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Pretty & Modern Mas

Jammette mas and the canboulay celebrations of freed slaves from the slums of Port-of-Spain in the post emancipation era horrified aristocratic classes and institutional bodies who regarded the festivities as base, vulgar and immoral.Planter classes retreated back into private celebrations. In the era that followed the Canboulay riots,\- failing to suppress celebrations- restrictions were put in place regarding the timing and manner of festivities and businesses began offering prizes and financial incentives to costumes and bands. The commodified element satisfactorily tamed celebrations enough for planter classes to re-join festivities, thus ushering in the era of pretty mas.

Modern pretty mas is now largely characterized by “Bikini and Beads” which has been the subject of much analysis but is an undeniable aspect of the average person’s carnival experience. It has proved to be ripe ground for creativity, beauty, commerce, and experiential innovation in the arena of the street parade. Entities like TRIBE CARNIVAL have redefined parading elements for masqueraders that are now much beloved and considered the industry standard.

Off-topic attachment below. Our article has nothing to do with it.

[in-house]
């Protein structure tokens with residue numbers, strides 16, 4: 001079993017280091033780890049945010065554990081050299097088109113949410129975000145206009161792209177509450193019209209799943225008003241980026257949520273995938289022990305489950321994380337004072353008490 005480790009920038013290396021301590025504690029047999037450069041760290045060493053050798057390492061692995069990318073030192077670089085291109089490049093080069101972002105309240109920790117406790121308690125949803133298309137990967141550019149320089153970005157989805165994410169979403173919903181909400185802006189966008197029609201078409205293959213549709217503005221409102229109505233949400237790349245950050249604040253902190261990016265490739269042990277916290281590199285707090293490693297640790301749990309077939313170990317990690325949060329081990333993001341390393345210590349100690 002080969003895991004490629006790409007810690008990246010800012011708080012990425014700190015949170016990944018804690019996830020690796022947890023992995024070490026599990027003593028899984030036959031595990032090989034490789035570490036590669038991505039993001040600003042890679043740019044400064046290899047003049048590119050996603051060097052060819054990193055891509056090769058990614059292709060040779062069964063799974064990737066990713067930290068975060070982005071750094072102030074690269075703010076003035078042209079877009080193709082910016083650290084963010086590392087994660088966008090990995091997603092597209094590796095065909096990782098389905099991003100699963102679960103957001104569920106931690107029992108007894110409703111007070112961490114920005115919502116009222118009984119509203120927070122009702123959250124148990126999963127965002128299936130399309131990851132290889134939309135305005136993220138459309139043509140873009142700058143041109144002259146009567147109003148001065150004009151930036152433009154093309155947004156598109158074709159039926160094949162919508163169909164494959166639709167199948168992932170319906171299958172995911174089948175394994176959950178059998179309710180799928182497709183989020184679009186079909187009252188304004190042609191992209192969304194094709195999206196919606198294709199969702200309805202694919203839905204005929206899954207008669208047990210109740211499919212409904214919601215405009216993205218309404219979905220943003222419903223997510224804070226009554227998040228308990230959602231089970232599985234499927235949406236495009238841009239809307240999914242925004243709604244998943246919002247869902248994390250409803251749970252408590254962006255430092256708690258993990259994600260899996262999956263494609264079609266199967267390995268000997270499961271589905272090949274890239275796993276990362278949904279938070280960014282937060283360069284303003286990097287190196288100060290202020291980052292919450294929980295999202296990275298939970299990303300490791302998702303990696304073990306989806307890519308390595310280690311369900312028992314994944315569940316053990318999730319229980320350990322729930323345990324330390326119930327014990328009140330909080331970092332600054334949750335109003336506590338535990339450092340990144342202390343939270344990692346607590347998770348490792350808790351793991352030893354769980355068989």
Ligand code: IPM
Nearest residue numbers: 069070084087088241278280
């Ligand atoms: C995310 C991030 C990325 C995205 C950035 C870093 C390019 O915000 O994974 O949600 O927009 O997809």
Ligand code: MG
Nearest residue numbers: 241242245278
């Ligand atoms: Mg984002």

Typical pretty mas elements such as feathered back pieces, head and leg pieces, and bejeweled bikinis have proved to be exportable and have mass appeal, resulting in several countries world wide participating in variations of Trinidad and Tobago carnival.

Some newer variations of pretty mas pioneered by bands such as THE LOST TRIBE incorporate modern mas elements while paying homage to golden era masquerade and traditional mas culture.


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